From his cerebral thriller Inception (2010) to last year’s second world war drama Dunkirk , writer-director Christopher Nolan’s forte has always been narrative dexterity. That’s especially apparent in his sophomore film, Memento (2000), a modern-day revenge thriller that unfolds in reverse order. While Nolan wasn’t the first to try this – see Harold Pinter’s 1978 play Betrayal – his daring use of the device put him on the map. A first Oscar nomination, for best original screenplay, soon followed.

Based on the short story Memento Mori by Nolan’s brother, Jonathan, the film’s lead is Leonard Shelby (Guy Pearce), a former insurance investigator driven to scour seedy Los Angeles bars, diners and warehouses for the man that raped and murdered his wife. The same attack left him with a serious head trauma resulting in anterograde amnesia – a condition that means Leonard is unable to form new memories. Scribbling notes, snapping Polaroids and even tattooing clues on his torso are the only ways he has to over­come his living nightmare, where any new detail fades in minutes.

It’s also why Nolan set the film back­wards, replicating Leonard’s near-constant state of confusion. As the filmmaker put it, “If you could put the audience in that character’s point of view, I felt like you’d be doing something that hadn’t been done before.”

To add to the complexity, black-and-white sequences of the unguarded Leonard talking to an unspecified caller on the phone are intercut with the main reverse narrative, two strands that seamlessly join together later on in one bravura fade-to-colour shot.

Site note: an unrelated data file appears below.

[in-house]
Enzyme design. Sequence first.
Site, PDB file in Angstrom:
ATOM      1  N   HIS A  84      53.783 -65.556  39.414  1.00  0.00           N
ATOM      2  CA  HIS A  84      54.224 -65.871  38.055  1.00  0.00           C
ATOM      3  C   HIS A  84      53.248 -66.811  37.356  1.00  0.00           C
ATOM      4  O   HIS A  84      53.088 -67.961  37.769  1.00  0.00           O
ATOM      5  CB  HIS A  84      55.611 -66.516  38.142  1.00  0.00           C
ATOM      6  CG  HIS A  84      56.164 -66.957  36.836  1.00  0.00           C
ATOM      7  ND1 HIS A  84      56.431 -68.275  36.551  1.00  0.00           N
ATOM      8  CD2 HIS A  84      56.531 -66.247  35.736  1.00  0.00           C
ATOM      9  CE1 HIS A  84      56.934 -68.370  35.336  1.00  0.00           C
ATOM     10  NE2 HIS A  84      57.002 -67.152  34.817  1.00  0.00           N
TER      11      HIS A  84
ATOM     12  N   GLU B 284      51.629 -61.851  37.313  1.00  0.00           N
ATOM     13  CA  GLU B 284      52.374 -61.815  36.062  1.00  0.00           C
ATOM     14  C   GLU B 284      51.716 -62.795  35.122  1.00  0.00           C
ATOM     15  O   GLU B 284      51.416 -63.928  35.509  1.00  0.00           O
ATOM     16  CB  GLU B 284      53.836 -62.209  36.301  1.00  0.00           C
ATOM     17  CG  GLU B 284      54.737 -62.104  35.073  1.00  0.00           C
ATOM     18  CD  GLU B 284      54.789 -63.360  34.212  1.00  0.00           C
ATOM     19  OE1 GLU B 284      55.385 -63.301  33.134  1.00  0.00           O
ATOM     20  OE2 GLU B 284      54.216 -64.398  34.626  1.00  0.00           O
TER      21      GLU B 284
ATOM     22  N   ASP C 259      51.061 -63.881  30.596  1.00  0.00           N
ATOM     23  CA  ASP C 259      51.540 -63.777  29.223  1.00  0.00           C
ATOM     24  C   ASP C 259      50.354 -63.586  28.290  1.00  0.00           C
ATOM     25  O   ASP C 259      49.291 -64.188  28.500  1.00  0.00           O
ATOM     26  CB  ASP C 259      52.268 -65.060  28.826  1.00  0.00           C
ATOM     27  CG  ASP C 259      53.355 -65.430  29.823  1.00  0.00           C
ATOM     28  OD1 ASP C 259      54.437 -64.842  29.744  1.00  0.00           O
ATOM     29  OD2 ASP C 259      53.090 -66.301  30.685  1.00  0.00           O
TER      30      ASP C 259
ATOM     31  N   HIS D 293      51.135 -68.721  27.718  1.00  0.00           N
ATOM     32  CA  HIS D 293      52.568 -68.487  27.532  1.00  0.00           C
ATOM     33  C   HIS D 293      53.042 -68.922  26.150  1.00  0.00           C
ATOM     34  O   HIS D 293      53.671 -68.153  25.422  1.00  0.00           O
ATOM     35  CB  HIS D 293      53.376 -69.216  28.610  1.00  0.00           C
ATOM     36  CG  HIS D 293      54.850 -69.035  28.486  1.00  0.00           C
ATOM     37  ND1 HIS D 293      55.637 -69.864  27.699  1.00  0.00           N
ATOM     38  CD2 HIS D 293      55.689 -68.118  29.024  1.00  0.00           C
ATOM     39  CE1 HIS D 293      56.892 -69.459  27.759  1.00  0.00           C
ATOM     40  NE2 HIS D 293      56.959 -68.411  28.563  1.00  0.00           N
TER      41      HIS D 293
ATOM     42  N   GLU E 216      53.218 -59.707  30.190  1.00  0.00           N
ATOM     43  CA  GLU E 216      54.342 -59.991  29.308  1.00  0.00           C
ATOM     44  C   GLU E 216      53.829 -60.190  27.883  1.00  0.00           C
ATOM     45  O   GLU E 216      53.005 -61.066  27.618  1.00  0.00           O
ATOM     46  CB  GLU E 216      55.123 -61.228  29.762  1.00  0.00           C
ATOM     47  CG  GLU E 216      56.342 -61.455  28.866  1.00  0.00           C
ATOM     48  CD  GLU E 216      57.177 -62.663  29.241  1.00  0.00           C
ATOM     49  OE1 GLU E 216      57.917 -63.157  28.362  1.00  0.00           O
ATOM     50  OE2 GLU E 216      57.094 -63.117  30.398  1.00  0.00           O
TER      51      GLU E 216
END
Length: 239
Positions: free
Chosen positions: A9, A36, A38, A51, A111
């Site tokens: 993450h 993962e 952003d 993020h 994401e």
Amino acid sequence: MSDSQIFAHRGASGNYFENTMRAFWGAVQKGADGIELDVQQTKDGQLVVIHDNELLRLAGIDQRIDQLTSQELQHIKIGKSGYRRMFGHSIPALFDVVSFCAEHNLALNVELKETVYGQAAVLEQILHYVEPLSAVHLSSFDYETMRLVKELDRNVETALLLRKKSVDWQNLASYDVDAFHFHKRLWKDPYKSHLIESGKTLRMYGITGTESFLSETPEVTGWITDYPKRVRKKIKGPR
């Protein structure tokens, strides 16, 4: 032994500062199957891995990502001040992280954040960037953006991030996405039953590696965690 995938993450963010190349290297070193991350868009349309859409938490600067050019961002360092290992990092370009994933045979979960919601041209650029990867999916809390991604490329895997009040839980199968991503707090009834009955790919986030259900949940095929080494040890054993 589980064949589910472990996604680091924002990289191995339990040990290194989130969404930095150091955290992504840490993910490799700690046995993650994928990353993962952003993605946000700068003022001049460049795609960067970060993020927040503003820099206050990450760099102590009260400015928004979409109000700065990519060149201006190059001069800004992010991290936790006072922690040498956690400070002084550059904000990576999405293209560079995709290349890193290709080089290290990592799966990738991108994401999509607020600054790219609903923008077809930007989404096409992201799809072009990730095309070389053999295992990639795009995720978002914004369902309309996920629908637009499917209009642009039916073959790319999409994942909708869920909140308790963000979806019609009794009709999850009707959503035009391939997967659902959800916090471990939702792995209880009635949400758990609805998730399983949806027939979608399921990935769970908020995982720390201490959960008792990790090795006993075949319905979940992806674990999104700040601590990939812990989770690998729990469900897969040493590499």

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Playing with film noir tropes, Nolan’s protagonist is the classic patsy, manipulated by those around him: undercover cop Teddy (Joe Pantoliano), bartender Natalie (Carrie-Anne Moss) and even Burt, the motel clerk who takes advantage of his condition by renting him two rooms. Yet meditating on the futile nature of vengeance, there’s a twist at the end – or is that the beginning? – that takes the film into darker territory still; as Teddy points out to Leonard, “You don’t know who you are.”

Aided by David Julyan’s melancholic score and Wally Pfister’s dreamy cinematography, Memento is also Nolan’s most moving film. For a director often accused of lacking emotion in his work, this is a haunting study of a man unable to move on from his past. “How am I supposed to heal if I can’t feel time?” says Pearce’s protagonist, poignantly. Coupled with wry humour and subtle detail – right down to Leonard’s inability to recall the way his motel door opens – this is a dazzling experience you won’t forget.

Memento will be screened on January 19 and February 2 at The Metroplex, in Kowloon Bay, as part of the Sundance Friday: My First Dance programme.